Genes and Screams


24 October 2022
Tales from the Hallotree. Chapter 2.

Chapter 2: Vampires

As we get closer to All Hallows’ Eve, we are really ramping up the spookiness of these installments, and nothing matches the cold chill that runs down the spine when you think of vampires in pop culture. I’m talking the real scary stuff…The Munsters, Abraham Lincoln: Vampire Hunter, Hotel Transylvania. Each one more disturbing than the last. Last weekend, my 3rd grade son’s school screened Hotel Transylvania 2, and panic gripped the crowd when the nearby food truck ran out of gyros and hot dogs.

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Are Vampires Real?

It’s really not for me to say. If the answer were a simple no, then they probably wouldn’t have had such a grip on our psyche for the past hundreds of years. If I were to say yes, I would maybe be lying.

An image of one of the skeletons uncovered at Kilteasheen in Roscommon. The rock placed in the mouth was intentional, and occurred after death. (Source)

Either way, vampires are deeply enmeshed in our collective consciousness. Modern vampire legends are based on old European beliefs. While the movies/tv shows listed above are admittedly lighthearted, the vampire rabbit hole goes much deeper. Just like with mummies, and that great uncle you always wish would stop attending family events, vampires can be tied directly to your ancestry!

Though vampiric folklore typically sets the scene in Eastern Europe, empirical evidence and genetic testing has proven links to alleged vampires in Ireland, US, and elsewhere.

The Griswold Vampire

For example, just as Haplogroup R can tie you to King Tut, it can also connect you with John Barber ”The Griswold Vampire” of 19th century New England. He’s even listed as a notable connection in our new Discover™ tool. Did he haunt his relatives?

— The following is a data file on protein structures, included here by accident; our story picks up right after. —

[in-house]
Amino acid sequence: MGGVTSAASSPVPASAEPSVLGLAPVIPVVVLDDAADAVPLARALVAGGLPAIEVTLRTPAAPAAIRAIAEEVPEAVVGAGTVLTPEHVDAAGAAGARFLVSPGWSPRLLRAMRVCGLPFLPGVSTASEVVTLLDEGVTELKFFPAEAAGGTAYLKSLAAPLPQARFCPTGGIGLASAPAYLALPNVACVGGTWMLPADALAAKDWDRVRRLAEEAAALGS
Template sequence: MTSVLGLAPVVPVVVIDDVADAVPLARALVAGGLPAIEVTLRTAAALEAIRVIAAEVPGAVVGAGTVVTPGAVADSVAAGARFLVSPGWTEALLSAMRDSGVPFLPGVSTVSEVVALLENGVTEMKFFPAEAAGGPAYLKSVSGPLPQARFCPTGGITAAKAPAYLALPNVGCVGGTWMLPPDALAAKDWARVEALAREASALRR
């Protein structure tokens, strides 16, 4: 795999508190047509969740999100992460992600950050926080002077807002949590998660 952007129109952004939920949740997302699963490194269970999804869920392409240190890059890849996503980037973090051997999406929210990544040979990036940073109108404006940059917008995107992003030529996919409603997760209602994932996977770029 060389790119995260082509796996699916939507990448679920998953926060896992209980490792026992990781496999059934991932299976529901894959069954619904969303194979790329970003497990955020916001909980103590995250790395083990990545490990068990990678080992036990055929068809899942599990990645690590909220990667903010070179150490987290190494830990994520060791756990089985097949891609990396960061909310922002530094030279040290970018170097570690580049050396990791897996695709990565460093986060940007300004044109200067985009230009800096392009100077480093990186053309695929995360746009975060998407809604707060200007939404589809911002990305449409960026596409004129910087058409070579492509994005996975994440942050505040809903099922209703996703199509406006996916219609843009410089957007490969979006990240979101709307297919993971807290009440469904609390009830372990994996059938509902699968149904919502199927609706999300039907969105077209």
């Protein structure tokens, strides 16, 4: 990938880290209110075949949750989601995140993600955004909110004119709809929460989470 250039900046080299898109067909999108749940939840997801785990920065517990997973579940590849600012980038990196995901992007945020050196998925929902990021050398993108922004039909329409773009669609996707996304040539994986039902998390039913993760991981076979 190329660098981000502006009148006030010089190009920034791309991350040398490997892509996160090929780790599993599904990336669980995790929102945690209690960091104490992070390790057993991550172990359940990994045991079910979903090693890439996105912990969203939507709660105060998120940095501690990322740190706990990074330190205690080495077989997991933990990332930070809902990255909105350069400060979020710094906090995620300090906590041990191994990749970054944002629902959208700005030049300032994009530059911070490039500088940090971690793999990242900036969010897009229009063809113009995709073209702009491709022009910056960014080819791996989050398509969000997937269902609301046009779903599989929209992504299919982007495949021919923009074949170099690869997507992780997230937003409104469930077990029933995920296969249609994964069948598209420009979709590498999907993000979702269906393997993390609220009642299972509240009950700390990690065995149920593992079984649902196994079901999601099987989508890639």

The grave of John Barber, also known as the Griswold Vampire. Used with permission from Connecticut State Archaeologist Nicholas Bellantoni

His family sure thought so, which caused them to exhume his body, bury him again, and place his skull and bones in a ‘skull and crossbones’ formation. Relatives of him are found in our database within our FamilyTreeDNA R1b Project.

The Irish vampires

Not convinced? Here’s another tale sure to scare you right out of your genealogy study desk! Hundreds of years before John Barber may or may not have haunted his family, Ireland was the scene of alleged vampiric activity and suspected blood drinking. Undead vampires and the fear of them feasting on living people was present there too back into between 600 and 800 CE, far before the term ‘vampire’ existed. These suspects were subjected to violence before being buried, then rocks were shoved into their mouths, their limbs broken, and their corpses folded. It’s believed this is to keep them from rising again. It’s said that they were sometimes even buried upside down, so if they did awaken again, they would continue digging in the wrong direction.

One in six men in Ireland belong to Y-DNA haplogroup R-M222 and are distantly related to several of the Kilteasheen skeletons. Visit Discoverto see if you are one of them!

Dracula's haplogroup

One extensive study targeted men with Besarab ancestry in Transylvania to determine the Y-DNA haplogroup of Vlad III The Impaler (Dracula). Though ultimately inconclusive, several haplogroups were in the running, including E, G, I, J, and R.

Portrait of Dracula (Vlad III The Impaler)

Taking our Big Y-700 test will place you on the great paternal tree of mankind, and connect you not just with alleged historical vampires, but also with famous people who almost 100% weren’t vampires at all! Did Napoleon feast on blood? Was Alexander Hamilton immortal? The answer to both is no. Absolutely not. But, that didn’t stop us from including them, and many, many more people, on our Notable Connections list within Discover.

By Jeremy Balkin

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